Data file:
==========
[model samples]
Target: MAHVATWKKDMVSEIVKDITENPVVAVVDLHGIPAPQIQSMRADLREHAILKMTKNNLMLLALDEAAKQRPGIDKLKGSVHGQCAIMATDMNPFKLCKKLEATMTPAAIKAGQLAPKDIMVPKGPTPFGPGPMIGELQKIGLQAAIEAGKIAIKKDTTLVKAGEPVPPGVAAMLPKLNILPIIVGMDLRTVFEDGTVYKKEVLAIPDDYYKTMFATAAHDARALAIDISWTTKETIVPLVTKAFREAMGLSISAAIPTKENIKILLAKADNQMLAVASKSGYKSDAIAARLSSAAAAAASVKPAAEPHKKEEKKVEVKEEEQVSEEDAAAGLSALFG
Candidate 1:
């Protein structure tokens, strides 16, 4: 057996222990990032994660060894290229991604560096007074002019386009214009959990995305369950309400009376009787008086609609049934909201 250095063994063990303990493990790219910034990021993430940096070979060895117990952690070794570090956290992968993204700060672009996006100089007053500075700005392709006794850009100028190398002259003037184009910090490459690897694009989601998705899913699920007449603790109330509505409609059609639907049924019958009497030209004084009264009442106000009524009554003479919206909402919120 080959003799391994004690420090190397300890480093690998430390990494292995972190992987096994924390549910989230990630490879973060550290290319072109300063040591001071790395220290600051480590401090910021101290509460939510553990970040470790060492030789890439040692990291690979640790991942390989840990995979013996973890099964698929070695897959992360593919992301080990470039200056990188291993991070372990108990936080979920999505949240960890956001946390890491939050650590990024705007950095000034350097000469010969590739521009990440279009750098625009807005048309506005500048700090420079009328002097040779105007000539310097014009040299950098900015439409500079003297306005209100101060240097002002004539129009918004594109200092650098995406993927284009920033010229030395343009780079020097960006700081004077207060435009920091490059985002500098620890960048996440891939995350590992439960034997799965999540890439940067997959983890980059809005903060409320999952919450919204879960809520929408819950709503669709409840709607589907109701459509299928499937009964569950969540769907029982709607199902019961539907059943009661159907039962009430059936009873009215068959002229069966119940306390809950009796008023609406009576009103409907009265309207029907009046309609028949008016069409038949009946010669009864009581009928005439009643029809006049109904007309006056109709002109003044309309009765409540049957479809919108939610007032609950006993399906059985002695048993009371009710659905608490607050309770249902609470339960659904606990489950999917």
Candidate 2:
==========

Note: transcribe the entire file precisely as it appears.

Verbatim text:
[model samples]
Target: MAHVATWKKDMVSEIVKDITENPVVAVVDLHGIPAPQIQSMRADLREHAILKMTKNNLMLLALDEAAKQRPGIDKLKGSVHGQCAIMATDMNPFKLCKKLEATMTPAAIKAGQLAPKDIMVPKGPTPFGPGPMIGELQKIGLQAAIEAGKIAIKKDTTLVKAGEPVPPGVAAMLPKLNILPIIVGMDLRTVFEDGTVYKKEVLAIPDDYYKTMFATAAHDARALAIDISWTTKETIVPLVTKAFREAMGLSISAAIPTKENIKILLAKADNQMLAVASKSGYKSDAIAARLSSAAAAAASVKPAAEPHKKEEKKVEVKEEEQVSEEDAAAGLSALFG
Candidate 1:
């Protein structure tokens, strides 16, 4: 057996222990990032994660060894290229991604560096007074002019386009214009959990995305369950309400009376009787008086609609049934909201 250095063994063990303990493990790219910034990021993430940096070979060895117990952690070794570090956290992968993204700060672009996006100089007053500075700005392709006794850009100028190398002259003037184009910090490459690897694009989601998705899913699920007449603790109330509505409609059609639907049924019958009497030209004084009264009442106000009524009554003479919206909402919120 080959003799391994004690420090190397300890480093690998430390990494292995972190992987096994924390549910989230990630490879973060550290290319072109300063040591001071790395220290600051480590401090910021101290509460939510553990970040470790060492030789890439040692990291690979640790991942390989840990995979013996973890099964698929070695897959992360593919992301080990470039200056990188291993991070372990108990936080979920999505949240960890956001946390890491939050650590990024705007950095000034350097000469010969590739521009990440279009750098625009807005048309506005500048700090420079009328002097040779105007000539310097014009040299950098900015439409500079003297306005209100101060240097002002004539129009918004594109200092650098995406993927284009920033010229030395343009780079020097960006700081004077207060435009920091490059985002500098620890960048996440891939995350590992439960034997799965999540890439940067997959983890980059809005903060409320999952919450919204879960809520929408819950709503669709409840709607589907109701459509299928499937009964569950969540769907029982709607199902019961539907059943009661159907039962009430059936009873009215068959002229069966119940306390809950009796008023609406009576009103409907009265309207029907009046309609028949008016069409038949009946010669009864009581009928005439009643029809006049109904007309006056109709002109003044309309009765409540049957479809919108939610007032609950006993399906059985002695048993009371009710659905608490607050309770249902609470339960659904606990489950999917």
Candidate 2: